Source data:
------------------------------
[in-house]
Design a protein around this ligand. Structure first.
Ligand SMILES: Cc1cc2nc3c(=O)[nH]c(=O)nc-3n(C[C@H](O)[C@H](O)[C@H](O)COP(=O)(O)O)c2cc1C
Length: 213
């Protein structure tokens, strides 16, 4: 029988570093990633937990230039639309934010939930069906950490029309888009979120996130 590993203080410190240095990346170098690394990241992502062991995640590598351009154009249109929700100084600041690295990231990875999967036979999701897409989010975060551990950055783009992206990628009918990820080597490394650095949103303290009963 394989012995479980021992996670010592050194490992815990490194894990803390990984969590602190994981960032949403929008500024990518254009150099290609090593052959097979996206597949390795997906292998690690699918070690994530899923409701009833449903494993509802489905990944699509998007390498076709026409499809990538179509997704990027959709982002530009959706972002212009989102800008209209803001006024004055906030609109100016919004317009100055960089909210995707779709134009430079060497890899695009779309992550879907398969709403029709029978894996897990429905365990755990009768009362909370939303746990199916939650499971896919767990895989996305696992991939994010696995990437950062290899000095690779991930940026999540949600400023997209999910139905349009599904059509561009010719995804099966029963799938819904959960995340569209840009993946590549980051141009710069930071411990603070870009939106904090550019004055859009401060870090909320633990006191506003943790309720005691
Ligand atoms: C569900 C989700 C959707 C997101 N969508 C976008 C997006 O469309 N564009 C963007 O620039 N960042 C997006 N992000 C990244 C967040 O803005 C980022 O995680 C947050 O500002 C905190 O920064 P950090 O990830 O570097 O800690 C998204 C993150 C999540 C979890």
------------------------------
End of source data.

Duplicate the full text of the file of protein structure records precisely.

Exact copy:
[in-house]
Design a protein around this ligand. Structure first.
Ligand SMILES: Cc1cc2nc3c(=O)[nH]c(=O)nc-3n(C[C@H](O)[C@H](O)[C@H](O)COP(=O)(O)O)c2cc1C
Length: 213
């Protein structure tokens, strides 16, 4: 029988570093990633937990230039639309934010939930069906950490029309888009979120996130 590993203080410190240095990346170098690394990241992502062991995640590598351009154009249109929700100084600041690295990231990875999967036979999701897409989010975060551990950055783009992206990628009918990820080597490394650095949103303290009963 394989012995479980021992996670010592050194490992815990490194894990803390990984969590602190994981960032949403929008500024990518254009150099290609090593052959097979996206597949390795997906292998690690699918070690994530899923409701009833449903494993509802489905990944699509998007390498076709026409499809990538179509997704990027959709982002530009959706972002212009989102800008209209803001006024004055906030609109100016919004317009100055960089909210995707779709134009430079060497890899695009779309992550879907398969709403029709029978894996897990429905365990755990009768009362909370939303746990199916939650499971896919767990895989996305696992991939994010696995990437950062290899000095690779991930940026999540949600400023997209999910139905349009599904059509561009010719995804099966029963799938819904959960995340569209840009993946590549980051141009710069930071411990603070870009939106904090550019004055859009401060870090909320633990006191506003943790309720005691
Ligand atoms: C569900 C989700 C959707 C997101 N969508 C976008 C997006 O469309 N564009 C963007 O620039 N960042 C997006 N992000 C990244 C967040 O803005 C980022 O995680 C947050 O500002 C905190 O920064 P950090 O990830 O570097 O800690 C998204 C993150 C999540 C979890």